Mark A. Mandel
Mark_Mandel at DRAGONSYS.COM
Mon Jul 16 17:54:28 UTC 2001
Rudolph C Troike <rtroike at U.ARIZONA.EDU> scripsit:
Also properly dative, but expressed with the locative "on" is the
"affected person" (usually adversely, interestingly):
My car died on me last night.
The computer crashed on me when I tried to use it.
I have always called this construction the malefactive "on". Why do you
describe it as "properly dative"? Only yesterday I somewhere saw a
reference to it in a title ... hmm...
Google finds 35 cites for "malefactive" and helpfully asks, "Did you mean:
male factor". One cite, though not the one I saw:
a paper by Andrew McIntyre of the Univ. of Leipzig,
"Argument blockages induced by verb particles in English and German:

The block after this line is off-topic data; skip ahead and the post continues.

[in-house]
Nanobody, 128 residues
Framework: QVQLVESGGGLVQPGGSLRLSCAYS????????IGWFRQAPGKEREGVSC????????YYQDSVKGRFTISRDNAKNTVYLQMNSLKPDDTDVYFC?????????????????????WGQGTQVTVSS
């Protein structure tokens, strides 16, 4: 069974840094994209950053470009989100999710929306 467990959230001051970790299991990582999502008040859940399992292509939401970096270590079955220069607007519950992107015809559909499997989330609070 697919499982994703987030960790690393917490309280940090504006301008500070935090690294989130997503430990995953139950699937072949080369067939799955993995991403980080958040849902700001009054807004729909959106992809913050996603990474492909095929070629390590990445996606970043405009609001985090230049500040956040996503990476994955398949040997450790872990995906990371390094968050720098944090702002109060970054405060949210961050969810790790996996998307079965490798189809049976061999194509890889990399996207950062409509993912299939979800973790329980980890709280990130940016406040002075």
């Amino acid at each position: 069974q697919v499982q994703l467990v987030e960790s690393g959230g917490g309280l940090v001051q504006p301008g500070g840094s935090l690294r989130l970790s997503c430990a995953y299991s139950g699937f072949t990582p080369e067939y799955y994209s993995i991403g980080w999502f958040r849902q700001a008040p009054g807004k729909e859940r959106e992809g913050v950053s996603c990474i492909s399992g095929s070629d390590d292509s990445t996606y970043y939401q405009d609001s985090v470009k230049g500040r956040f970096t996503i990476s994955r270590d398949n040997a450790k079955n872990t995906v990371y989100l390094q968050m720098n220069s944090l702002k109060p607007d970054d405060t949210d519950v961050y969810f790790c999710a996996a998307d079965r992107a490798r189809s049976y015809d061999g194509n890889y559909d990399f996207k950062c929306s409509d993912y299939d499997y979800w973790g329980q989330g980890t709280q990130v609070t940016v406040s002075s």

Event modification and secondary predication"
(more info is on his page
). A quote:
For instance, the malefactive use of
on (my cat died on me, my car broke down on me, they walked out on me
etc.) is only licensed in a VP context, although there is no principled
reason why it could not occur in a nominal projection
(*an accident on me, *a breakdown on me).
[Italics in the parts I have indented]
Well, anyway, I should be working. (But I am working! My title is Senior
Linguist, and I'm doing linguistics!)
Mark A. Mandel : Senior Linguist
Dragon Systems, a Lernout & Hauspie company
320 Nevada St., Newton, MA 02460, USA : http://www.dragonsys.com
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